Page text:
Calgary eyes plan to go 'a la carte' with your black cart
Residents may get a chance to switch to a smaller cart and save money
The city is working on a plan which could give Calgarians the option of lowering their monthly waste and recycling bill.
The introduction of the curbside recycling and compost programs have given people the opportunity to reduce how much garbage that winds up in their black carts.
But as part of the city's plan to divert 70 per cent of the waste that's going to its landfills by 2025, the next step is to offer a little financial incentive.
A plan will go to city council in June which could see Calgarians get the choice of whether they have a smaller or larger black cart than the one that's in use today.
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The program would be optional and no one has to give up the cart they have now.
But there will be a break on the monthly waste and recycling charge if you switch to a smaller cart.
Goal is to divert more garbage
The city's director of waste and recycling services, Rick Valdarchi, said smaller carts should translate into less garbage going to the landfill and that's their goal.
"We're going to give you, if you desire, if you need, based on what you're doing, a different size cart. And there will be a financial benefit of going to a different size cart," said Valdarchi.
Currently, black carts have a 240 litre capacity. He said they're looking at a cart half that size as well as one that can hold 360 litres.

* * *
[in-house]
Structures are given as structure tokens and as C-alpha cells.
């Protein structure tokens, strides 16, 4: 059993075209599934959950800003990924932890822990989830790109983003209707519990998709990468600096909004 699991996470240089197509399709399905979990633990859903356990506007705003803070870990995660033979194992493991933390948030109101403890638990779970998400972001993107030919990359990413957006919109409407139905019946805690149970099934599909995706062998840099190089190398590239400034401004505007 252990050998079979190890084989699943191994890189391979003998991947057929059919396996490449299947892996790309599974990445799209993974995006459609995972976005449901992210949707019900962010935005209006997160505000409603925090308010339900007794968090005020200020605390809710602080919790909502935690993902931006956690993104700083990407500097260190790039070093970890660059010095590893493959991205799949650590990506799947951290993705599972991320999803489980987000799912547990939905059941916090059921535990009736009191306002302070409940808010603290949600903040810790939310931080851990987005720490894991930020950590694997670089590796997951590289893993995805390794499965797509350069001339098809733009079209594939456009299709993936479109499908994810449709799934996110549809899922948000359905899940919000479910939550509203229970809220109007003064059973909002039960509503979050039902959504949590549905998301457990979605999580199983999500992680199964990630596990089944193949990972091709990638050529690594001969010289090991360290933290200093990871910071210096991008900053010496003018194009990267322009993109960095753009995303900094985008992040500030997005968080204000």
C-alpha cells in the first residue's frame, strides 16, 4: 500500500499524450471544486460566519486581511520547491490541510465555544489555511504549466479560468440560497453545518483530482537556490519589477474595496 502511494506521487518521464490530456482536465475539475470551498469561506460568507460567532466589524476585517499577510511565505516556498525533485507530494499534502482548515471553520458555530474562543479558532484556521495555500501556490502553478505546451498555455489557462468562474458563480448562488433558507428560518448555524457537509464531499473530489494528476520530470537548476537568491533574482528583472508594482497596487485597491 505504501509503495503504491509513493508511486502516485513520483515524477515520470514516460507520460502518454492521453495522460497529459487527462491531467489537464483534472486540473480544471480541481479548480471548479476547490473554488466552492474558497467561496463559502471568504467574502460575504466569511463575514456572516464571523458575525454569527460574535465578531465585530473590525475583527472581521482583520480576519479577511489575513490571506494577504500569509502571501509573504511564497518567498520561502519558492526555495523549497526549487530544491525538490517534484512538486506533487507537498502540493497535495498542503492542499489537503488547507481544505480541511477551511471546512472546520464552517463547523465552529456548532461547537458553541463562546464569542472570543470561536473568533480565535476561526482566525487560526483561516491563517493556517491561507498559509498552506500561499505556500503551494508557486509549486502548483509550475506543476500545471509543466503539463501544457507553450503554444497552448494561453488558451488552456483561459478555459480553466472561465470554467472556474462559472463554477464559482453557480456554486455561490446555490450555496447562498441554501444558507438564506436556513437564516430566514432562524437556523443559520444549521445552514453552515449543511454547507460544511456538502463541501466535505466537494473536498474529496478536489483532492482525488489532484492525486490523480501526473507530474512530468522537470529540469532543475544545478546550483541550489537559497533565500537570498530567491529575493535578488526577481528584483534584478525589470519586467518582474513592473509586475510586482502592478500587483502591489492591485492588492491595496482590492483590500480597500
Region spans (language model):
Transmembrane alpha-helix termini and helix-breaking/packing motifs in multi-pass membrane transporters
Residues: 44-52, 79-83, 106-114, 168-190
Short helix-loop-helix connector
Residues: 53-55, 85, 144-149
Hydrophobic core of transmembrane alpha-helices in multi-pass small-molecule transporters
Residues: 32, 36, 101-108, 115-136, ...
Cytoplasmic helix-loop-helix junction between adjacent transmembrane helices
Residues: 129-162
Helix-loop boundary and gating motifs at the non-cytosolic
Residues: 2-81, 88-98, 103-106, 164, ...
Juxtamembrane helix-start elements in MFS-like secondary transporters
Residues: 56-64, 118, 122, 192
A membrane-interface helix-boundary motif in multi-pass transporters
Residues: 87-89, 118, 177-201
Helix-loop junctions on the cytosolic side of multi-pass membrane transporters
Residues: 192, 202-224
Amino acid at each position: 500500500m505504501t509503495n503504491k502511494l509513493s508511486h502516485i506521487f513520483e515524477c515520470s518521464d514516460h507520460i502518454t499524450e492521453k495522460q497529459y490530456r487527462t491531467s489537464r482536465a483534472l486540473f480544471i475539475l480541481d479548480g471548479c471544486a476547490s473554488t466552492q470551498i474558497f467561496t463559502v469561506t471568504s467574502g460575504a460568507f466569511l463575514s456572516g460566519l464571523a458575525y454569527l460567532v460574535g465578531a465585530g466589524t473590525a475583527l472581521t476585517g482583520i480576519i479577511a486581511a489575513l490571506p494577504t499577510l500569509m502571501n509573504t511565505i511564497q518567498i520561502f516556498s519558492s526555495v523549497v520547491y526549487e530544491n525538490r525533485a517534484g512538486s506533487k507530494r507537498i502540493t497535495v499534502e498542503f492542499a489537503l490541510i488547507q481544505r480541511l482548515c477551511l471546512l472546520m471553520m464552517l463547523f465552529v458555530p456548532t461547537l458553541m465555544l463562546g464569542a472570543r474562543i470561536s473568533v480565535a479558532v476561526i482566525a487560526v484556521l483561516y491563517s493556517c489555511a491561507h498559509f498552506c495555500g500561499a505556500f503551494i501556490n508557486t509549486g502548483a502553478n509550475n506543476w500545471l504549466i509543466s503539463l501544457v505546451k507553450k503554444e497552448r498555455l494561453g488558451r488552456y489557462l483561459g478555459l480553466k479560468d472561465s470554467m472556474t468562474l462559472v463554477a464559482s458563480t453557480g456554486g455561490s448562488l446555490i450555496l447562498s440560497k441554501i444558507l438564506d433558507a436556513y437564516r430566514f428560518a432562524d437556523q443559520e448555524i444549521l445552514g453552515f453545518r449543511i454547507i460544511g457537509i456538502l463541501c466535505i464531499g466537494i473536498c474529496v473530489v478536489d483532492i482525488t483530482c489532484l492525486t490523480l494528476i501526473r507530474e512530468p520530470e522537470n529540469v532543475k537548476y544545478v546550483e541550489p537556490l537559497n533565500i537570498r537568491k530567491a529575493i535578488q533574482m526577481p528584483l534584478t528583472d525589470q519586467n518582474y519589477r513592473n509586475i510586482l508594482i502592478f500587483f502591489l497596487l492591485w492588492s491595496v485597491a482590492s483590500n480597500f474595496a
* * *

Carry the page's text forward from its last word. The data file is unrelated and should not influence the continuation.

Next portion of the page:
It's also possible that the city will look at bringing in a tag-a-bag program similar to what's been adopted in some other municipalities.
That means that the city would only pick up garbage that's inside the black cart.
Any additional material would have to have a special tag — sold by the city — on it before it would be collected.
If the variable-size black cart program works well, Valdarchi said there's no reason a similar option couldn't be offered on the blue and green cart programs.
But he adds the city wants to take it one step at a time.
Carts already RFID equipped
Technology is also being examined to see how it could pay benefits, not only for homeowners but also for the city's waste diversion plans.
Valdarchi points out that black and green carts have radio frequency identification (RFID) chips embedded in them.
The city has a pilot project where three trucks with RFID receivers are testing the reception of the signals.
It raises the prospect of some future point where the city could also charge for how many times its trucks pick up your black cart.
Fewer pick-ups would presumably translate into a lower monthly charge.
Valdarchi said his department is working to present a plan on variable size carts and variable pricing to city council in June.
If approved, he said there is currently no specific timeline on a roll-out but it could happen in either 2019 or 2020.
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